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American-Born Comics Artist

July, 2008
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  The first comic book Gene Yang bought was in the fifth grade and began his lifelong obsession with the medium.

  In his opinion, “comics is the most intimate medium. Every stroke you see on the page can come out of a single person’s brush. It’s almost like reading a handwritten letter.”IMG_6755

  Comics take up all of Yang’s free time outside of his family and teaching duties. And, his hard work has paid off.

  Yang’s first graphic novel as an adult, “Gordon Yamamoto and the King of the Geeks,” won a Xeric Award. In 2006, Yang’s “American Born Chinese” became the first graphic novel to be nominated for a National Book Award, and it was the first to take home the American Library Association’s Printz Award.

  “American Born Chinese” weaves three separate stories together: The first is an Asian-American retelling of the Monkey King legend, a popular Chinese myth. The second features Jin Wang, a Chinese-American boy growing up in a predominantly white neighborhood. The final storyline is a sitcom on paper, starring Cousin Chin-Kee, the ultimate Chinese stereotype.

  Yang said the book is aimed at middle school and up, but he hopes the story speaks to anyone who has had or wants to understand a minority experience.

  During his recent visit to Concordia International School Shanghai, Yang spoke to students not only about “American Born Chinese” but also about the art of the comic books – how to create the characters, how to outline the stories, and how long it takes to draw each page. Sitting with LittleStar, Yang also tells about the perfect balance between his career as a high school computer science teacher by day and a comics artist by night.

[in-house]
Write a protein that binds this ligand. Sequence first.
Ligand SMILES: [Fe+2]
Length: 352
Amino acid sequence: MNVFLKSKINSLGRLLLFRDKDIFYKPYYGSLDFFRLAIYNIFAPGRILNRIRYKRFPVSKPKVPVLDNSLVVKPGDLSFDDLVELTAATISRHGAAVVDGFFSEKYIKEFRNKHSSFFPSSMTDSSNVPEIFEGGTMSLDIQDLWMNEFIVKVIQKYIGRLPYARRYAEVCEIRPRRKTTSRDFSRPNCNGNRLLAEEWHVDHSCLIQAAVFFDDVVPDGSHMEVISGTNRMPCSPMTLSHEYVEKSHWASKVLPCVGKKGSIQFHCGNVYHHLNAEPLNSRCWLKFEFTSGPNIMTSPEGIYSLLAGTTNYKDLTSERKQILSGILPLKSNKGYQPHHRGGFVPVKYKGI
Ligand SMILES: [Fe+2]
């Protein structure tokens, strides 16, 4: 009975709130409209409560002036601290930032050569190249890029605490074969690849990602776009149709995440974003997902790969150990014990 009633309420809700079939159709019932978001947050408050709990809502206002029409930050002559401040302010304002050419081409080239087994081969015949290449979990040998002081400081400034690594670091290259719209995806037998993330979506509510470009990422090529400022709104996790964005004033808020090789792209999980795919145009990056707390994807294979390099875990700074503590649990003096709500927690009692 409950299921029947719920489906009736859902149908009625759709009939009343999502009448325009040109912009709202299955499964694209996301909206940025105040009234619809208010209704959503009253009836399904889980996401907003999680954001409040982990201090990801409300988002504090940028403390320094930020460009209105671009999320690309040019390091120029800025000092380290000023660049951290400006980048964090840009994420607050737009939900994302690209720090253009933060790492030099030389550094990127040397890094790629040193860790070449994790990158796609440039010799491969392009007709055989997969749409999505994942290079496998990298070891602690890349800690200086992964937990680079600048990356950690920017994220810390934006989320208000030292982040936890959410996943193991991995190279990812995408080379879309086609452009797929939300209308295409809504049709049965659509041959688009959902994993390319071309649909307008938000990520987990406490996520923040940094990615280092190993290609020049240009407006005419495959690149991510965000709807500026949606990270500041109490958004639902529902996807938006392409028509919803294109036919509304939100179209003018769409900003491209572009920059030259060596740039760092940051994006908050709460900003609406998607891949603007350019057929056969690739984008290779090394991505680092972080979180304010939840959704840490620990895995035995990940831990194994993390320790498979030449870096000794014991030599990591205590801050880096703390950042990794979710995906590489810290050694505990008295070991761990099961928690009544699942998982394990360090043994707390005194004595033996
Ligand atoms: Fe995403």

LittleStar: You were born and brought up in the USA, so you are American Born Chinese yourself. In a sense, is ABC autobiographical? And why retell the Monkey King legend?

  Yang: “American Born Chinese” is fiction with bits of autobiography thrown in. For example, many of the words that the character Timmy says to Jin and Wei-chen are insults that were hurled at me and my Asian- American friends in junior high.

The Monkey King is a legendary figure in Chinese mythology that’s become a pop icon. Well, I’ve always wanted to do my own version of the Monkey King ever since I can remember. It just took me a while to figure out what I could add to the story. I eventually decided to use the Monkey King legend as a way of reflecting on my own experience as an Asian-American. The Asian-American identity is a relatively new one. We are built on two separate cultures with two separate mythologies, and we mix the two together. I tried to explore the minority experience, and how different internal and external pressures play a part in that experience. That, combined with the other two storylines, ended up being "American Born Chinese."

  LittleStar: It is said that you’ve been making comics since the fifth grade. What was the first one?